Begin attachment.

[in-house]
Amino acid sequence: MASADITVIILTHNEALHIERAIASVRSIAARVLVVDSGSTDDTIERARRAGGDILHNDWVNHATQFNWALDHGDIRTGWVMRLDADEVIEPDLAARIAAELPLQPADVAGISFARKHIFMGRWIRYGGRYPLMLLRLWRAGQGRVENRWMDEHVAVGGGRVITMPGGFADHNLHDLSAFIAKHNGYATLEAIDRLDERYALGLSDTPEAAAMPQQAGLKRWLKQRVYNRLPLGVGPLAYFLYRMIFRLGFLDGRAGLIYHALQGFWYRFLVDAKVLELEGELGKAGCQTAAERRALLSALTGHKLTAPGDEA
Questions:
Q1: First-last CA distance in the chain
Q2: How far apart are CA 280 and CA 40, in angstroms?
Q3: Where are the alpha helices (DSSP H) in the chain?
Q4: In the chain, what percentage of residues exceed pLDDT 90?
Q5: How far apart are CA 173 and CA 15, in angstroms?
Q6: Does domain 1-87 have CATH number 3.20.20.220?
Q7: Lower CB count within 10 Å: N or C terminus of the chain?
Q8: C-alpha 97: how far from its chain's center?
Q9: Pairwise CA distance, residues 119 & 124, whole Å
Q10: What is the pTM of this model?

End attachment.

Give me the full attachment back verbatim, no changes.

[in-house]
Amino acid sequence: MASADITVIILTHNEALHIERAIASVRSIAARVLVVDSGSTDDTIERARRAGGDILHNDWVNHATQFNWALDHGDIRTGWVMRLDADEVIEPDLAARIAAELPLQPADVAGISFARKHIFMGRWIRYGGRYPLMLLRLWRAGQGRVENRWMDEHVAVGGGRVITMPGGFADHNLHDLSAFIAKHNGYATLEAIDRLDERYALGLSDTPEAAAMPQQAGLKRWLKQRVYNRLPLGVGPLAYFLYRMIFRLGFLDGRAGLIYHALQGFWYRFLVDAKVLELEGELGKAGCQTAAERRALLSALTGHKLTAPGDEA
Questions:
Q1: First-last CA distance in the chain
Q2: How far apart are CA 280 and CA 40, in angstroms?
Q3: Where are the alpha helices (DSSP H) in the chain?
Q4: In the chain, what percentage of residues exceed pLDDT 90?
Q5: How far apart are CA 173 and CA 15, in angstroms?
Q6: Does domain 1-87 have CATH number 3.20.20.220?
Q7: Lower CB count within 10 Å: N or C terminus of the chain?
Q8: C-alpha 97: how far from its chain's center?
Q9: Pairwise CA distance, residues 119 & 124, whole Å
Q10: What is the pTM of this model?